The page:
CV

Education

2008   PhD in Social Anthropology, University of Cambridge, UK

2003   MPhil in Social Anthropology, University of Cambridge, UK

2002   MA in Ethnology, Charles University in Prague, Czech Republic

Selected publications

Peer-reviewed journal articles
  • Forthcoming ‘Ghost and the Other: Dangerous Commensalities and Twisted Becomings.’ Terrain. Anthropologie & sciences humaines 69
  • 2015 ‘Siberian Automobility Boom: From the Joy of Destination to the Joy of Driving There.’ Mobilities 10(4): 552-570. with Joachim Otto Habeck
  • 2015 ‘Introduction: Experience and Emotion in Northern Mobilities. Mobilities 10(4): 511-517. with Joachim Otto Habeck
  • 2015 ‘Přísliby a úskalí symetrie: sociální vědy v zemi za zrcadlem.’ Cargo – journal of socio-cultural anthropology 1,2: 5-33. with Tereza Stöckelová. (The Promises and Difficulties of Symmetry: Through the Looking-Glass and What the Social Sciences Found There.)
  • 2012 ‘When Good Luck is Bad Fortune: Between too Little and too Much Hunting Success in Siberia.’ Social Analysis – The International Journal of Social and Cultural Practice 56 (1-2): 73-89. with Rane Willerslev
  • 2009 ‘Substance, Conduct and History: “Altaian-ness” in the 21 Century’. Sibirica: Journal of Siberian Studies 8 (2): 43-70.
  • 2007  ‘Pastoral Perspectivism: A View from Altai’. Inner Asia (special issue – Perspectivism) 9 (2): 291-310.
Edited volumes
  • 2015 Suicide and Agency: Anthropological perspectives on self-destruction, personhood and power. Farnham: Ashgate. Edited with Daniel Münster.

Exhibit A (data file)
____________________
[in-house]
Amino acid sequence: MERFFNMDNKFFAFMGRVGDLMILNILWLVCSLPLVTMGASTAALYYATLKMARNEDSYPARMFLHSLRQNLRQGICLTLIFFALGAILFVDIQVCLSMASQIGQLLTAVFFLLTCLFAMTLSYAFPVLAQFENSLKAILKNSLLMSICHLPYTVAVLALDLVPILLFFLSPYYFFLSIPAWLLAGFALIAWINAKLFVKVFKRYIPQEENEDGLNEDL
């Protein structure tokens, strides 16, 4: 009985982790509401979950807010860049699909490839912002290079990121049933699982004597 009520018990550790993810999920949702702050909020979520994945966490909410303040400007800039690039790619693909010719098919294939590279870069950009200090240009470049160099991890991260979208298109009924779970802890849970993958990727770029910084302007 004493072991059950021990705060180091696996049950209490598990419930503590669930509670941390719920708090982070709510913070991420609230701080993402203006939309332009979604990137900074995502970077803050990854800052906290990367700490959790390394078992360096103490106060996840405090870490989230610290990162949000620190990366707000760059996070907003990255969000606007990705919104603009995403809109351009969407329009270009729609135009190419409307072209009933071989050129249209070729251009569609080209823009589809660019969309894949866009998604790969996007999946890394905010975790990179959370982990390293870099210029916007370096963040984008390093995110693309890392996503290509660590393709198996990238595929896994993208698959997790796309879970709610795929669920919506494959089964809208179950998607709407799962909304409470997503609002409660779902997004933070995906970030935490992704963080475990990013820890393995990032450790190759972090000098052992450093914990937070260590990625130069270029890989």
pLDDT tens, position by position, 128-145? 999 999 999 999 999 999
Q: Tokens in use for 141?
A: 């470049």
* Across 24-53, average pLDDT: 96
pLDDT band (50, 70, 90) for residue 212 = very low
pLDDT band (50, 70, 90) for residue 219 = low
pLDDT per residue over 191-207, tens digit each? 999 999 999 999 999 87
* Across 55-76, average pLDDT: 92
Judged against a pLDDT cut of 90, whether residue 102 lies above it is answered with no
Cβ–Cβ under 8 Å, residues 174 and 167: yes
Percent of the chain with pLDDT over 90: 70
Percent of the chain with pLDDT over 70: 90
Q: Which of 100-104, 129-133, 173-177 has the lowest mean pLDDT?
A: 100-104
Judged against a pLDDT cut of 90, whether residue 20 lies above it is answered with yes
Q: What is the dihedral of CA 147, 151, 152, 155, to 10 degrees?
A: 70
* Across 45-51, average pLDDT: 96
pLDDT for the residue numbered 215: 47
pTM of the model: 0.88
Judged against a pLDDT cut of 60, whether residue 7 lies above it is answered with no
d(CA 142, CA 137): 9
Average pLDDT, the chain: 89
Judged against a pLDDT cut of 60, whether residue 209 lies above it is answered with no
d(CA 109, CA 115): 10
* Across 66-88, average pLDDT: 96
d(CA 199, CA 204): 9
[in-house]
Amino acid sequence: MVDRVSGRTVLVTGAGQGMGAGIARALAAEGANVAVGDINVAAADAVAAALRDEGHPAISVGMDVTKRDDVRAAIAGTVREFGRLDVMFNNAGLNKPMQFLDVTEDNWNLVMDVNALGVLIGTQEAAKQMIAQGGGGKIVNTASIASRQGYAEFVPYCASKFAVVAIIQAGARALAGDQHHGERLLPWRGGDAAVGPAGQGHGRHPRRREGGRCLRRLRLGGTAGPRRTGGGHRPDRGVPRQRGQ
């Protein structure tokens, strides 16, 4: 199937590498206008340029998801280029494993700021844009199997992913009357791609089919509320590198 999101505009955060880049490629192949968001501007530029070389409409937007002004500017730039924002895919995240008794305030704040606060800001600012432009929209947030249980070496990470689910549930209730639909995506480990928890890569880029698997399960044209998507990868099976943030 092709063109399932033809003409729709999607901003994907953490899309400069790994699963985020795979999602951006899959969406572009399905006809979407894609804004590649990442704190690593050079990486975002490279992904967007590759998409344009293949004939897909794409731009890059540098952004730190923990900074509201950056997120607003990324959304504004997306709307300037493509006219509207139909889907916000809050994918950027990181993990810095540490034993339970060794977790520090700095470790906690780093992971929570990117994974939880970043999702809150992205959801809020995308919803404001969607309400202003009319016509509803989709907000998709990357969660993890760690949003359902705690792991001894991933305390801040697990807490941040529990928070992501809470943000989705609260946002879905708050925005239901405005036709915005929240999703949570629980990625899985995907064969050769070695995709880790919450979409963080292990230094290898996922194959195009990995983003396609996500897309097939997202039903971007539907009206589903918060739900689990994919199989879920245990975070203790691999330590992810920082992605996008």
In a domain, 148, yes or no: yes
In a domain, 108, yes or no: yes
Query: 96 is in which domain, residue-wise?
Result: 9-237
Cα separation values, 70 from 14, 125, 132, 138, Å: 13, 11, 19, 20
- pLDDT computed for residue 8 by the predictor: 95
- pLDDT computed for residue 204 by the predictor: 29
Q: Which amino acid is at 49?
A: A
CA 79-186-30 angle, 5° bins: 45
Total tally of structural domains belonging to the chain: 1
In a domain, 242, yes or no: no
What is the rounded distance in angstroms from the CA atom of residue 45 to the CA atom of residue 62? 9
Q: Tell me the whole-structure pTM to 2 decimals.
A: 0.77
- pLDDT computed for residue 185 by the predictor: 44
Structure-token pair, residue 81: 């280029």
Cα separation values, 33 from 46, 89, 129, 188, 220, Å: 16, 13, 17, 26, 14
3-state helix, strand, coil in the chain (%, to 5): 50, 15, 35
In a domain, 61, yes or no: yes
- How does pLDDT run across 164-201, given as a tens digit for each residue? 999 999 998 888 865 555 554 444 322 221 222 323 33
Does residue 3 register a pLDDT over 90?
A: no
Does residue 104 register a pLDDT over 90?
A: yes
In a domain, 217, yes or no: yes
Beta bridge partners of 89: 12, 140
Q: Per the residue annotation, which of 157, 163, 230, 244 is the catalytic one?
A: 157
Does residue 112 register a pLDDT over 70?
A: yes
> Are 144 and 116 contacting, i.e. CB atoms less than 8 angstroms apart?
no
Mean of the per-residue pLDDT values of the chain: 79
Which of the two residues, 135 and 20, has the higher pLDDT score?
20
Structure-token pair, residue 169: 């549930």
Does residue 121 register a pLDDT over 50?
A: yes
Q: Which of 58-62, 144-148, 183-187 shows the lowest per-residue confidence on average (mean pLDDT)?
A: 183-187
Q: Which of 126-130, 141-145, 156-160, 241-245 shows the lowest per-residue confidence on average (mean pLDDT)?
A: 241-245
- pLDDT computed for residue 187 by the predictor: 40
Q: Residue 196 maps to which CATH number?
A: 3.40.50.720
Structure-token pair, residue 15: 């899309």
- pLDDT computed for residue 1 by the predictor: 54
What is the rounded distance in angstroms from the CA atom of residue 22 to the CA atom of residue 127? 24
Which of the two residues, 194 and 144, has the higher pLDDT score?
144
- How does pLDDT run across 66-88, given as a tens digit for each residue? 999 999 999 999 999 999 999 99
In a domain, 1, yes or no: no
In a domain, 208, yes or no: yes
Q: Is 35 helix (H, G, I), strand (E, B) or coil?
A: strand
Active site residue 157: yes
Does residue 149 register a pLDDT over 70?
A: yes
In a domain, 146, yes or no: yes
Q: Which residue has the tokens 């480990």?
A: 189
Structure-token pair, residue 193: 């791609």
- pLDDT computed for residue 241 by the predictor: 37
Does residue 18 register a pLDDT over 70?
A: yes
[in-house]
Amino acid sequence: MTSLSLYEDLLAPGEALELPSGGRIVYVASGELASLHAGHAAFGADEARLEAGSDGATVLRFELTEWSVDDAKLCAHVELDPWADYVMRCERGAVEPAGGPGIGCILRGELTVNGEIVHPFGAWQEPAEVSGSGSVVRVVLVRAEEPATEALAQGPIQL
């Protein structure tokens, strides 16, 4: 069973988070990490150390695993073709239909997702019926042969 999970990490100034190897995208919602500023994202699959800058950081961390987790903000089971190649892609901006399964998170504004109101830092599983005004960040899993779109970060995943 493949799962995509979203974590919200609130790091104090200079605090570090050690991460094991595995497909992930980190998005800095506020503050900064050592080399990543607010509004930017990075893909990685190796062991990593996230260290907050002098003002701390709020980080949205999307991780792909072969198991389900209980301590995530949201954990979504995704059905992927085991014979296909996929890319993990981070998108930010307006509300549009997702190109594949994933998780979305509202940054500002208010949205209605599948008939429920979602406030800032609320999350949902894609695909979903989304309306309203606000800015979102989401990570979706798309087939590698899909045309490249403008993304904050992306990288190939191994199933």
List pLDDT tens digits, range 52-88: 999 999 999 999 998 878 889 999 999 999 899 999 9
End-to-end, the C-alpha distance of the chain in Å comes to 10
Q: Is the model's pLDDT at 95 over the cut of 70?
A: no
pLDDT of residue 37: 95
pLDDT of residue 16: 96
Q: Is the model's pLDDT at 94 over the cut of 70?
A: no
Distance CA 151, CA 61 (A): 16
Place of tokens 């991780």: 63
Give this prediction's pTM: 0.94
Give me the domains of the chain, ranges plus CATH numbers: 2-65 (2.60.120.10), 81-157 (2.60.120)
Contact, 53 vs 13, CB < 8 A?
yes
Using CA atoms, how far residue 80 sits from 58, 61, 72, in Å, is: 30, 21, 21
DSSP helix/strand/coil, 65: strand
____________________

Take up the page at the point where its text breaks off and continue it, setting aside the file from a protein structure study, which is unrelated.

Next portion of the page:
Peer-reviewed chapters in edited volumes

  • 2015 The anthropology of suicide: Ethnography and the tension of agency. In Suicide and Agency: Anthropological perspectives on self-destruction, personhood and power. Eds L. Broz & D. Münster. Farnham: Ashgate, pp. 3-23, with Daniel Münster.
  • 2015 Four Funerals and a Wedding: Suicide, Sacrifice and (non-)Human Agency in a Siberian Village. In Suicide and Agency: Anthropological perspectives on self-destruction, personhood and power. Eds L. Broz & D. Münster. Farnham: Ashgate, pp. 85-102.
  • 2015 Vom Himmel gefallen: Auf dem Weg zu einer symmetrischen Anthropologie der Raumfahrtindustrie. In Lost in Things: Fragen an die Welt des Materiellen, ihre Funktionen und Bedeutungen. Eds P. W. Stockhammer & H. P. Hahn. Münster: Waxmann, pp. 81-103.
  • 2010 ‘Spirits, Genes and Walt Disney’s Deer: creativity in identity and archaeology disputes (Altai, Siberia)’. In The Archaeological Encounter: Anthropological Perspectives. Eds P. Fortis & I. Praet. St Andrews: CAS, pp. 263-297.
  • 2009 ‘Conversion to Religion? Negotiating Continuity and Discontinuity in Contemporary Altai’. In Conversion After Socialism: Disruptions, Modernities and the Technologies of Faith. Ed. M. Pelkmans. Oxford: Berghahn Books, pp. 17-37.

Reviews, reports, academic debates and interviews

  • 2015 ‘Symetrie je často stranická: rozhovor se Zdeňkem Konopáskem’ Cargo – journal of socio-cultural anthropology 1,2: 117-132. with Tereza Stöckelová. (Symmetry is Often Partial: An Interview with Zdenek Konopasek.)
  • 2015  ‘Druhý pohled na myslící lesy Eduardo Kohna’ Cargo – journal of socio-cultural anthropology 1,2: 158-161. (A Second Look at Eduardo Kohn’s thinking forests.)
  • 2015 ‘I, Too, Have a Dream … About Suicidology.’ Social Epistemology Review and Reply Collective 4 (7): 27-31.
  • 2014 ‘Morten A. Pedersen: Not Quite Shamans: Spirit Worlds and Political Lives in Northern Mongolia.’ Sociologický časopis / Czech Sociological Review 50 (2): 317-319.
  • 2010 ‘Antropologie Příbuzenství. Příbuzenství, manželství a rodina v kulturně antropologické perspektivě. Jaroslav Skupnik.’ Cargo – journal of socio-cultural anthropology 1,2: 195-8.